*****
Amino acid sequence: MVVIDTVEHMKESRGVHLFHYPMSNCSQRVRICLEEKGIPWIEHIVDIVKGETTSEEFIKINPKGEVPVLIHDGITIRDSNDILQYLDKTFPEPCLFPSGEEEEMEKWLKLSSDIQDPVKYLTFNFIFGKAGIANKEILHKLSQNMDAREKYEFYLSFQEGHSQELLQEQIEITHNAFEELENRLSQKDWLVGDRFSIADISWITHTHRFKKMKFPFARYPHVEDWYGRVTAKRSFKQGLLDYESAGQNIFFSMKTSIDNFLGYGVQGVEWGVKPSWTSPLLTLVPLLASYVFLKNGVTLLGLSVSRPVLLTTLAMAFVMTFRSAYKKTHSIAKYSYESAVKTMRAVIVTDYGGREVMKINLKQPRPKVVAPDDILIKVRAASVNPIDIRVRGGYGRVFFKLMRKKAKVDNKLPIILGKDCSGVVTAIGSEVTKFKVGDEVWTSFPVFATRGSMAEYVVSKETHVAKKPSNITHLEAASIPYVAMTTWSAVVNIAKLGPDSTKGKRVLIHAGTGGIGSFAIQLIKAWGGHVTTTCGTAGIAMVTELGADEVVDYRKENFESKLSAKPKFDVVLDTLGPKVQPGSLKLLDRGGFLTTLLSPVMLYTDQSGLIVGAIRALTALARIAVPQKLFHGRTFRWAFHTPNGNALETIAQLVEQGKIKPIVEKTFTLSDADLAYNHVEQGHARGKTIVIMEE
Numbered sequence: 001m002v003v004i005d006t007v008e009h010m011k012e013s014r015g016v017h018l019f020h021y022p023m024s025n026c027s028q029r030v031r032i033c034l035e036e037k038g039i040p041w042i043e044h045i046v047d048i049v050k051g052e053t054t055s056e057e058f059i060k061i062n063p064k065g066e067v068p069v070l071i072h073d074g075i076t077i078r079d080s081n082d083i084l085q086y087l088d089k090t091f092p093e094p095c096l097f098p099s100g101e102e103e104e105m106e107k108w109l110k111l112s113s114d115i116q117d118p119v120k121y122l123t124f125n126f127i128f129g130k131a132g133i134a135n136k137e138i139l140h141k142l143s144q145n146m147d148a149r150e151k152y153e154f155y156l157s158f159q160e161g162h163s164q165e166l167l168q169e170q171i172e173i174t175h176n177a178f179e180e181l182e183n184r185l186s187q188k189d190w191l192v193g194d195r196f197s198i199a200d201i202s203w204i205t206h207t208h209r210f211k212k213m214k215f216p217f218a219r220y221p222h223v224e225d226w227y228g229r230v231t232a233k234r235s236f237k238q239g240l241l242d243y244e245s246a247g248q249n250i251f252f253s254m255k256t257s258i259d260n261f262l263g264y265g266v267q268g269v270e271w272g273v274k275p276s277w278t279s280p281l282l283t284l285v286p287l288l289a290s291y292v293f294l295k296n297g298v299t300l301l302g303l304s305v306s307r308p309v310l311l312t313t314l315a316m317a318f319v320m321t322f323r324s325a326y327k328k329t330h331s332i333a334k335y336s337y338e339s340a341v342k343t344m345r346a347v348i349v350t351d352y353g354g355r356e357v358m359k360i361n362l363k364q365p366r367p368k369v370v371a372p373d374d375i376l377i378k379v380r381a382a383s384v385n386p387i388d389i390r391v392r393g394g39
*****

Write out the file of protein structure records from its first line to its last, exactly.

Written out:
Amino acid sequence: MVVIDTVEHMKESRGVHLFHYPMSNCSQRVRICLEEKGIPWIEHIVDIVKGETTSEEFIKINPKGEVPVLIHDGITIRDSNDILQYLDKTFPEPCLFPSGEEEEMEKWLKLSSDIQDPVKYLTFNFIFGKAGIANKEILHKLSQNMDAREKYEFYLSFQEGHSQELLQEQIEITHNAFEELENRLSQKDWLVGDRFSIADISWITHTHRFKKMKFPFARYPHVEDWYGRVTAKRSFKQGLLDYESAGQNIFFSMKTSIDNFLGYGVQGVEWGVKPSWTSPLLTLVPLLASYVFLKNGVTLLGLSVSRPVLLTTLAMAFVMTFRSAYKKTHSIAKYSYESAVKTMRAVIVTDYGGREVMKINLKQPRPKVVAPDDILIKVRAASVNPIDIRVRGGYGRVFFKLMRKKAKVDNKLPIILGKDCSGVVTAIGSEVTKFKVGDEVWTSFPVFATRGSMAEYVVSKETHVAKKPSNITHLEAASIPYVAMTTWSAVVNIAKLGPDSTKGKRVLIHAGTGGIGSFAIQLIKAWGGHVTTTCGTAGIAMVTELGADEVVDYRKENFESKLSAKPKFDVVLDTLGPKVQPGSLKLLDRGGFLTTLLSPVMLYTDQSGLIVGAIRALTALARIAVPQKLFHGRTFRWAFHTPNGNALETIAQLVEQGKIKPIVEKTFTLSDADLAYNHVEQGHARGKTIVIMEE
Numbered sequence: 001m002v003v004i005d006t007v008e009h010m011k012e013s014r015g016v017h018l019f020h021y022p023m024s025n026c027s028q029r030v031r032i033c034l035e036e037k038g039i040p041w042i043e044h045i046v047d048i049v050k051g052e053t054t055s056e057e058f059i060k061i062n063p064k065g066e067v068p069v070l071i072h073d074g075i076t077i078r079d080s081n082d083i084l085q086y087l088d089k090t091f092p093e094p095c096l097f098p099s100g101e102e103e104e105m106e107k108w109l110k111l112s113s114d115i116q117d118p119v120k121y122l123t124f125n126f127i128f129g130k131a132g133i134a135n136k137e138i139l140h141k142l143s144q145n146m147d148a149r150e151k152y153e154f155y156l157s158f159q160e161g162h163s164q165e166l167l168q169e170q171i172e173i174t175h176n177a178f179e180e181l182e183n184r185l186s187q188k189d190w191l192v193g194d195r196f197s198i199a200d201i202s203w204i205t206h207t208h209r210f211k212k213m214k215f216p217f218a219r220y221p222h223v224e225d226w227y228g229r230v231t232a233k234r235s236f237k238q239g240l241l242d243y244e245s246a247g248q249n250i251f252f253s254m255k256t257s258i259d260n261f262l263g264y265g266v267q268g269v270e271w272g273v274k275p276s277w278t279s280p281l282l283t284l285v286p287l288l289a290s291y292v293f294l295k296n297g298v299t300l301l302g303l304s305v306s307r308p309v310l311l312t313t314l315a316m317a318f319v320m321t322f323r324s325a326y327k328k329t330h331s332i333a334k335y336s337y338e339s340a341v342k343t344m345r346a347v348i349v350t351d352y353g354g355r356e357v358m359k360i361n362l363k364q365p366r367p368k369v370v371a372p373d374d375i376l377i378k379v380r381a382a383s384v385n386p387i388d389i390r391v392r393g394g39